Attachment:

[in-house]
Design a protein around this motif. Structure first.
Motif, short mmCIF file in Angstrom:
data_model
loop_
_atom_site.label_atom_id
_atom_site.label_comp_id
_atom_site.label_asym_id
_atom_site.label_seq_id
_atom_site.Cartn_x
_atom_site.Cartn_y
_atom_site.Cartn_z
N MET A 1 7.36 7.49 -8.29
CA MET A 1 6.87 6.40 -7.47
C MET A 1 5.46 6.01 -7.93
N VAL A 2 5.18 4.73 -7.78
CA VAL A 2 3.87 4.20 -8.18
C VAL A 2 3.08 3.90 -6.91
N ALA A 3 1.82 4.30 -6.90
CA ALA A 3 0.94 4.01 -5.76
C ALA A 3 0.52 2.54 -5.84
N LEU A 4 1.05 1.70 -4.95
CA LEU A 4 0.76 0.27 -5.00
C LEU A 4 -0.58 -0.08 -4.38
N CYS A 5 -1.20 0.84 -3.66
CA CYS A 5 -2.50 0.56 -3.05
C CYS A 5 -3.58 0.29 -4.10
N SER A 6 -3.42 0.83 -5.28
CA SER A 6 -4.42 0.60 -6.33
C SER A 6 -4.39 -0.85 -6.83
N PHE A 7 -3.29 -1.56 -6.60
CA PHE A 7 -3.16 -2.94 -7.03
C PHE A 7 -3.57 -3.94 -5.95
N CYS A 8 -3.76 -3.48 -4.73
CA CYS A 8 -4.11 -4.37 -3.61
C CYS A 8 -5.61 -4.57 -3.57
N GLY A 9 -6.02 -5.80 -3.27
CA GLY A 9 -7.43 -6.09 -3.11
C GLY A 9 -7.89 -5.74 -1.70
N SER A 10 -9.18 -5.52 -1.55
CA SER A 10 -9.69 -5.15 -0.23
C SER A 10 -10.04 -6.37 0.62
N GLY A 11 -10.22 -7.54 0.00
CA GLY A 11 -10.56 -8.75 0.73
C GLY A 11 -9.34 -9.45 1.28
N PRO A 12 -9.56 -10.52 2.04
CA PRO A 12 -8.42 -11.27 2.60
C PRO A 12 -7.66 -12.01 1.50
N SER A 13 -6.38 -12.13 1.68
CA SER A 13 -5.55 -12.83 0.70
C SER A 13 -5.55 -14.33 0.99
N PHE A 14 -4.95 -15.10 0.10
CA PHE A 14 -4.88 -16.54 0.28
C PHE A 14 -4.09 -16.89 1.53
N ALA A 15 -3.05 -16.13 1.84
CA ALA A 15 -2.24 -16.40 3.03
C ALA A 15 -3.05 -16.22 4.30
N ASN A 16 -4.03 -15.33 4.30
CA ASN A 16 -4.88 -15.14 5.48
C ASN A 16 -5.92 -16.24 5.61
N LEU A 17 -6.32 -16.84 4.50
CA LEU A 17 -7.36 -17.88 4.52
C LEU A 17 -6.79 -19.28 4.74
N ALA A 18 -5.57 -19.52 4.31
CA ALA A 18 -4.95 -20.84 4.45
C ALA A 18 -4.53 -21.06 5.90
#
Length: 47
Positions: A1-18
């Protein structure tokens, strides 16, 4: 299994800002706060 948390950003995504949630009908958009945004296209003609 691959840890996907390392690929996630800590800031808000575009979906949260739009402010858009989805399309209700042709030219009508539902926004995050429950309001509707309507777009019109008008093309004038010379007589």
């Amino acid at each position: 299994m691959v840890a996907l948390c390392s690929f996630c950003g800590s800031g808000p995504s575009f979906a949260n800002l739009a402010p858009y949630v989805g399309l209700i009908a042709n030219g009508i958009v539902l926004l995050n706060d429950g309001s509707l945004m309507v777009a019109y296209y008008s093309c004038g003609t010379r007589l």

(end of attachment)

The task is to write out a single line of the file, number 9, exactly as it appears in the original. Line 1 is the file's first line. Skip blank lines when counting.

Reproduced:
_atom_site.label_seq_id